Skip to main content

AOC C3583FQ 35-inch Curved Ultra-Wide FreeSync Monitor Review

Is price still preventing you from picking up a curved ultra-wide monitor? You might want to check out AOC’s 35-inch C3583FQ selling for only $600. We’re checking out this 160Hz FreeSync screen in our lab today.

Conclusion

So is the C3583FQ the perfect gaming monitor? If you’ve read our other display reviews then you already know our thoughts on using that particular adjective. No product is perfect. But for the price, this new AOC might just be the thing that puts curved screens on more desktops. Gamers will certainly want to take a serious look.

There’s no doubt that a curved monitor takes a bit of getting used to. Staring at 16:9 flat screens for years means users have come to expect a certain look and feel from their displays. The 21:9 aspect ratio coupled with a 2000R curve means perceiving the desktop and games in a whole new way. After working with many such products, we think it’s pretty cool. Will we be chucking all our 16:9 flat panels in favor of these new-fangled screens? Probably not. In our environment where we look at a new monitor every other day, it’s not as practical for us to simply switch back and forth. We think curved ultra-wide belongs firmly in the entertainment spectrum.

Gaming on this new AOC is an absolute hoot. Our normal play tests might take a couple of hours at most, but when we used the C3583FQ, we found ourselves frittering away entire afternoons. Monitors like this really draw the player into the environment. And thanks to its manageable resolution, motion quality is extremely smooth and clean. While we did see a little softness in certain instances, that wasn’t enough to disqualify it from consideration by any stretch.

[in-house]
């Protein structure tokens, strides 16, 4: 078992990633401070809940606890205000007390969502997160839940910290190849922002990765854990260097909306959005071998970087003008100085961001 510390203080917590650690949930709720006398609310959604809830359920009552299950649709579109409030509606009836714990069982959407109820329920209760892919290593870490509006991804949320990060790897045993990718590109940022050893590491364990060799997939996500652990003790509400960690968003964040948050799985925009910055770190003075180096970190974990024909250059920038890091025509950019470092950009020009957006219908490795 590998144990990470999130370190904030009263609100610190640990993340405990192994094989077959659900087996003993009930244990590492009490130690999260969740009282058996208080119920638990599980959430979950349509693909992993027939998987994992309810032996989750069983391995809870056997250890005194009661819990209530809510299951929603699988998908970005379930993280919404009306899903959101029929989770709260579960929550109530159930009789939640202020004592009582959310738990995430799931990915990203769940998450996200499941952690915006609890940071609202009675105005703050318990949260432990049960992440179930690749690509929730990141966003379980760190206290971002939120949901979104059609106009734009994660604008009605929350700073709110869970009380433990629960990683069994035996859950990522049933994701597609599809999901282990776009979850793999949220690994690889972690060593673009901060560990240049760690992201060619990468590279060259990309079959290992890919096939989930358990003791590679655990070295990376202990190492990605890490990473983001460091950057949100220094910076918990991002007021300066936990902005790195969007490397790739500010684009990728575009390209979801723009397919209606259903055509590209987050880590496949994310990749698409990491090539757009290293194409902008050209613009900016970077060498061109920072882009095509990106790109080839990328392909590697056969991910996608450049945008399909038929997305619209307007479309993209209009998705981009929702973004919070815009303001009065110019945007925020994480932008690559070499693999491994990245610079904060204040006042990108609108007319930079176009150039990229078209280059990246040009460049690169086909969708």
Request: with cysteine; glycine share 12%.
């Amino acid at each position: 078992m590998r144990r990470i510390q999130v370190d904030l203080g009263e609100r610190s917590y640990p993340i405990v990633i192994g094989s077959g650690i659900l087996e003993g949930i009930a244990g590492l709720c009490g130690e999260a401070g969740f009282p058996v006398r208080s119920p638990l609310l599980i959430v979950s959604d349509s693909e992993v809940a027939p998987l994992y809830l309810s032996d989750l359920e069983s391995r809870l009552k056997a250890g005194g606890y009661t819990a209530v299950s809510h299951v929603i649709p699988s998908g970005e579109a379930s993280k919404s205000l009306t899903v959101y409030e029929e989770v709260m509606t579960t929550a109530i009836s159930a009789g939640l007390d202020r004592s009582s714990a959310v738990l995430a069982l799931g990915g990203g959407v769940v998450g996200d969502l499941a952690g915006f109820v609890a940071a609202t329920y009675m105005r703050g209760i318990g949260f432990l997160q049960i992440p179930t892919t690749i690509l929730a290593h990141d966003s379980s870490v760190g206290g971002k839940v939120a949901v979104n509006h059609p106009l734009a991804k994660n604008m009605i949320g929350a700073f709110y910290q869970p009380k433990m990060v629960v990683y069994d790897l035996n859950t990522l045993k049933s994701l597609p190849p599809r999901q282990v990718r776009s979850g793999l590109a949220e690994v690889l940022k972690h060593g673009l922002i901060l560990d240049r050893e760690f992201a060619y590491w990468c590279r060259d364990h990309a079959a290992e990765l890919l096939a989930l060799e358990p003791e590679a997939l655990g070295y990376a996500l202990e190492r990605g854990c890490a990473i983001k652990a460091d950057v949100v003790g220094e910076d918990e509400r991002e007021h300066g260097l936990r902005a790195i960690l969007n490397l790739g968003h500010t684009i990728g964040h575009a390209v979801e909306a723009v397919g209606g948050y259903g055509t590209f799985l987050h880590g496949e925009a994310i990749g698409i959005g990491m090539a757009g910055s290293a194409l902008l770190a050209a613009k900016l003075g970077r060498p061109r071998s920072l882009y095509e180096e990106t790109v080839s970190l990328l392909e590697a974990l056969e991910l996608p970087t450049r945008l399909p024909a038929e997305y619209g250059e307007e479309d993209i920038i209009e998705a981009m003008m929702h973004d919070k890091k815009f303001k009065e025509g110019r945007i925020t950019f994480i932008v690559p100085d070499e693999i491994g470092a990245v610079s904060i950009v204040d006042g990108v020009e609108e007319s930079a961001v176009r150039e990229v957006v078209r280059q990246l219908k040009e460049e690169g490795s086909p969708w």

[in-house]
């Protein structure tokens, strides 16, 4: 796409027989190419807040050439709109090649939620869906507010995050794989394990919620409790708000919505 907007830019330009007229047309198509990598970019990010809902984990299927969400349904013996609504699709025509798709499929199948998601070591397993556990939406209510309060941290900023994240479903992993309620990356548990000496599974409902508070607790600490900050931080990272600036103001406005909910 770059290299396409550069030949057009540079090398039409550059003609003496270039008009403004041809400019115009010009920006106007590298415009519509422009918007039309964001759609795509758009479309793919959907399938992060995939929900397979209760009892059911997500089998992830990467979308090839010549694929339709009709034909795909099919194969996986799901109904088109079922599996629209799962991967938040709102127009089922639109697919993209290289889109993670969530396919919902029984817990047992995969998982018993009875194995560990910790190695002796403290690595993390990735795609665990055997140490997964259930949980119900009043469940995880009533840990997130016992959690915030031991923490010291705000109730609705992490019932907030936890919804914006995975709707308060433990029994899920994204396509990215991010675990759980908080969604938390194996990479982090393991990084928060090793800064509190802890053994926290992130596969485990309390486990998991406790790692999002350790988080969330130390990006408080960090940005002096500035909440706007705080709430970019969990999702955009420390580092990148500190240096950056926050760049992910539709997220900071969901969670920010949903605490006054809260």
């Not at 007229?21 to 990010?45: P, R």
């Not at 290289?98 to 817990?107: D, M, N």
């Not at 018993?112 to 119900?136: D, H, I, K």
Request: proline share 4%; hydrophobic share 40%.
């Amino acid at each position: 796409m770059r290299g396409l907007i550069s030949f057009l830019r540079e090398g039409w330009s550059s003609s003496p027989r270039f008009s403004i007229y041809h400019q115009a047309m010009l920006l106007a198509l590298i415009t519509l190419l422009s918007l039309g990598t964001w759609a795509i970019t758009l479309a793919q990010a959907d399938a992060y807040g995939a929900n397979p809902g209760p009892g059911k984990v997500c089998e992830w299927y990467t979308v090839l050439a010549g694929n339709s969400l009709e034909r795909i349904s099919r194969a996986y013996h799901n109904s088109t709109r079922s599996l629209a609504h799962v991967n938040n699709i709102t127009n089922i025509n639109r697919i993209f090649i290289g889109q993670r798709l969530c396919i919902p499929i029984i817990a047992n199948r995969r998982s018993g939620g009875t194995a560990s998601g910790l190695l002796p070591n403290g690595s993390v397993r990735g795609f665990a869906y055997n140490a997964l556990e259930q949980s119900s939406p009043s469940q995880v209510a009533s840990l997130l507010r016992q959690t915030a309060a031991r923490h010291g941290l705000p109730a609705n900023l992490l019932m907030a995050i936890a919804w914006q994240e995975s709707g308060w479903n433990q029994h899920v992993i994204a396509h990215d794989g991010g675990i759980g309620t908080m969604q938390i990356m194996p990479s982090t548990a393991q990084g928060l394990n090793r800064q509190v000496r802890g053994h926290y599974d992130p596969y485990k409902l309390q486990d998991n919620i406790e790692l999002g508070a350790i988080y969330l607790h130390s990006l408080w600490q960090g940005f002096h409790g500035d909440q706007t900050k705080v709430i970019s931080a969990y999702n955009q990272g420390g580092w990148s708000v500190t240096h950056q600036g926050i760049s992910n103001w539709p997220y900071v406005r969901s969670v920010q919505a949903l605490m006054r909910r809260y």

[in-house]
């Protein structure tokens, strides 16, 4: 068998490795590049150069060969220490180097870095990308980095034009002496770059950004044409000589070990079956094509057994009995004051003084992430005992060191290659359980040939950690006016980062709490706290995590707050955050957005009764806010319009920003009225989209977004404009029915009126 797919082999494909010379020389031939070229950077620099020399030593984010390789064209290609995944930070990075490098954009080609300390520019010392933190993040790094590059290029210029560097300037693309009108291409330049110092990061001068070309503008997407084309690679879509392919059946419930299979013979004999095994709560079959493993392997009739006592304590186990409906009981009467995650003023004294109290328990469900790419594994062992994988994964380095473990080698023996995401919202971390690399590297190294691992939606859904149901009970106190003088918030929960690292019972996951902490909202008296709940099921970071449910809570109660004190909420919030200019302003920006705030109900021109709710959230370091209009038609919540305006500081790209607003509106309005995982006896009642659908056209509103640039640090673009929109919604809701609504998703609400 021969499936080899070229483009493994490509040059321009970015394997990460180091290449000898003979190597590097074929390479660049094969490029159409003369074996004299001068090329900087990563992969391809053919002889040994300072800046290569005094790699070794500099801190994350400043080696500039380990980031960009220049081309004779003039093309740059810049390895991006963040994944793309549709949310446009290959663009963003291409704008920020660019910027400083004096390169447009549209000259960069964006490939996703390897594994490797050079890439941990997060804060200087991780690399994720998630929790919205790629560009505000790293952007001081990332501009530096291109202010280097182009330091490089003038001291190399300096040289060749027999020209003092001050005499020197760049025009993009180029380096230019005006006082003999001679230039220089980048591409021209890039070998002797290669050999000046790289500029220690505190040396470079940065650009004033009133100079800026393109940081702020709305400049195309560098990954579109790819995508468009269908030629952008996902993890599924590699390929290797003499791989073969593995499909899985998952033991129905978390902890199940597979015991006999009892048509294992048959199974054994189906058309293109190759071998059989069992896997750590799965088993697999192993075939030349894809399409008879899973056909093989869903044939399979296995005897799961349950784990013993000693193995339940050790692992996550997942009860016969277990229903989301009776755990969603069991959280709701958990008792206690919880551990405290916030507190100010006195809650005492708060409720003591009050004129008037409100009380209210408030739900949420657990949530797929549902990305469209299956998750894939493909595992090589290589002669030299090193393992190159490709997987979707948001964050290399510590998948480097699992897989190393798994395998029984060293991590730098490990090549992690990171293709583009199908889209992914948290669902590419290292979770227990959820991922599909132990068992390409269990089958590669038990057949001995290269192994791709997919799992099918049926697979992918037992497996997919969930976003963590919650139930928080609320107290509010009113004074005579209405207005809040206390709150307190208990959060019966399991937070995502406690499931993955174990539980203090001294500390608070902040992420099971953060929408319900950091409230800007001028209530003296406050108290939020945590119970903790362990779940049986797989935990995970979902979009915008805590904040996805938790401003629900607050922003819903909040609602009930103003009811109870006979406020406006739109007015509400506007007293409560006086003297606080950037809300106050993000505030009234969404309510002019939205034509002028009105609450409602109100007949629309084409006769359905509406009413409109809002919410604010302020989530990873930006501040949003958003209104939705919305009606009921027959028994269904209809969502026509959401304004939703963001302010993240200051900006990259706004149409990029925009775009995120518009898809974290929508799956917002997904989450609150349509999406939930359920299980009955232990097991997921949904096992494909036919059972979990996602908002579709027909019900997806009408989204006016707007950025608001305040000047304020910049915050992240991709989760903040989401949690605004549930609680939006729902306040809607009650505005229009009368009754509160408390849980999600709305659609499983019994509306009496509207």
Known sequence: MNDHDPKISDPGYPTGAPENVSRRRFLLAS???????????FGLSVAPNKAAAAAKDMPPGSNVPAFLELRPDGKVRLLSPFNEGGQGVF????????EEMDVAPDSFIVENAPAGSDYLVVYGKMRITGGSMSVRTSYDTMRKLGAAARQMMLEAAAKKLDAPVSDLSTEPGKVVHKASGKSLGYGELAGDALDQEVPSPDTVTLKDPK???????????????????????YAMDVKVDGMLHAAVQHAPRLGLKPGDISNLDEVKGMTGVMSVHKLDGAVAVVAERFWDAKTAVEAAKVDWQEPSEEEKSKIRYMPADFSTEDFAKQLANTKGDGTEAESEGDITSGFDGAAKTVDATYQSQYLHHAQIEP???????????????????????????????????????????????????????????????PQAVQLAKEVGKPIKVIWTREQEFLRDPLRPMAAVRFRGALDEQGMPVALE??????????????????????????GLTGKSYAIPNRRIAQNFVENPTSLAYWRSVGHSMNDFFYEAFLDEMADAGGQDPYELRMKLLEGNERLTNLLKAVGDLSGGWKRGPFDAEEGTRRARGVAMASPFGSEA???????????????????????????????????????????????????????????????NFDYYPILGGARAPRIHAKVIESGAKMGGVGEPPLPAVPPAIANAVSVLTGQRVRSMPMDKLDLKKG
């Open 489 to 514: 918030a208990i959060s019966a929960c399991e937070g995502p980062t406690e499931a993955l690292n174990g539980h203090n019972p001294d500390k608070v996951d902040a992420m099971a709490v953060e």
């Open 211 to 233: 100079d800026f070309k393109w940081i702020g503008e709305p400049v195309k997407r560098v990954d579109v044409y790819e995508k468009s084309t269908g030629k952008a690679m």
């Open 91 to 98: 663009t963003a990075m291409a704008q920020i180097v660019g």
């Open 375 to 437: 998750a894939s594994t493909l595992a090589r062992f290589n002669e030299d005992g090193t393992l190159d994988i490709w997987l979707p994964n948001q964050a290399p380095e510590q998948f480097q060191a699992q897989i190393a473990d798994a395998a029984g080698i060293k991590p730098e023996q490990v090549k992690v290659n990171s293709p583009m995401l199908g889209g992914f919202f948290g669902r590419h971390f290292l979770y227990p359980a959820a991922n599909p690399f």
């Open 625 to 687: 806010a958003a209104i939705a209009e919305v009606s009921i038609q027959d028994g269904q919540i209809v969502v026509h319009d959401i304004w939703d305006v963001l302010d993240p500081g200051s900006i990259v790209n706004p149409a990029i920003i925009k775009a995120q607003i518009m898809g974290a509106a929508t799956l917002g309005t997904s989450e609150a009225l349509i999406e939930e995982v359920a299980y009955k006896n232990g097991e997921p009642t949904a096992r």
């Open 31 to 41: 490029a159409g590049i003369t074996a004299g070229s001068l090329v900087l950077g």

Our benchmark tests revealed a couple of things worth noting. Of course contrast is the king here and that extra image depth really enhances everything you do on this display, gaming or otherwise. Color accuracy is excellent when using the sRGB preset in the Color Temp menu. Our measurements showed quality befitting a professional product. The only caveat there is the fixed 300cd/m2 output level.

Calibration produces a very good picture and one that has just a little extra saturation which is fine with us. We recommend at minimum selecting the Gamma 2 preset and using our recommend RGB values if you want to optimize your C3583FQ’s image quality. If you’re OK with a fixed brightness level, go for sRGB to enjoy color, grayscale and gamma that’s right on spec.

After looking at many curved monitors, we’d have to say this one is a standout product. It delivers everything a gamer could ask for at an attractive price. At the very least, it might be the impetus for other manufacturers to reduce their price of admission to the curved genre. For its excellent performance and great value, we’re giving the AOC C3583FQ our Tom’s Hardware Editor Recommended Award.

MORE: Best Computer Monitors
MORE: How To Choose A Monitor
MORE: Display Calibration 101
MORE: The Science Behind Tuning Your MonitorMORE: All Monitor Content

Subscribe to us on FacebookGoogle+, RSS, Twitter & YouTube.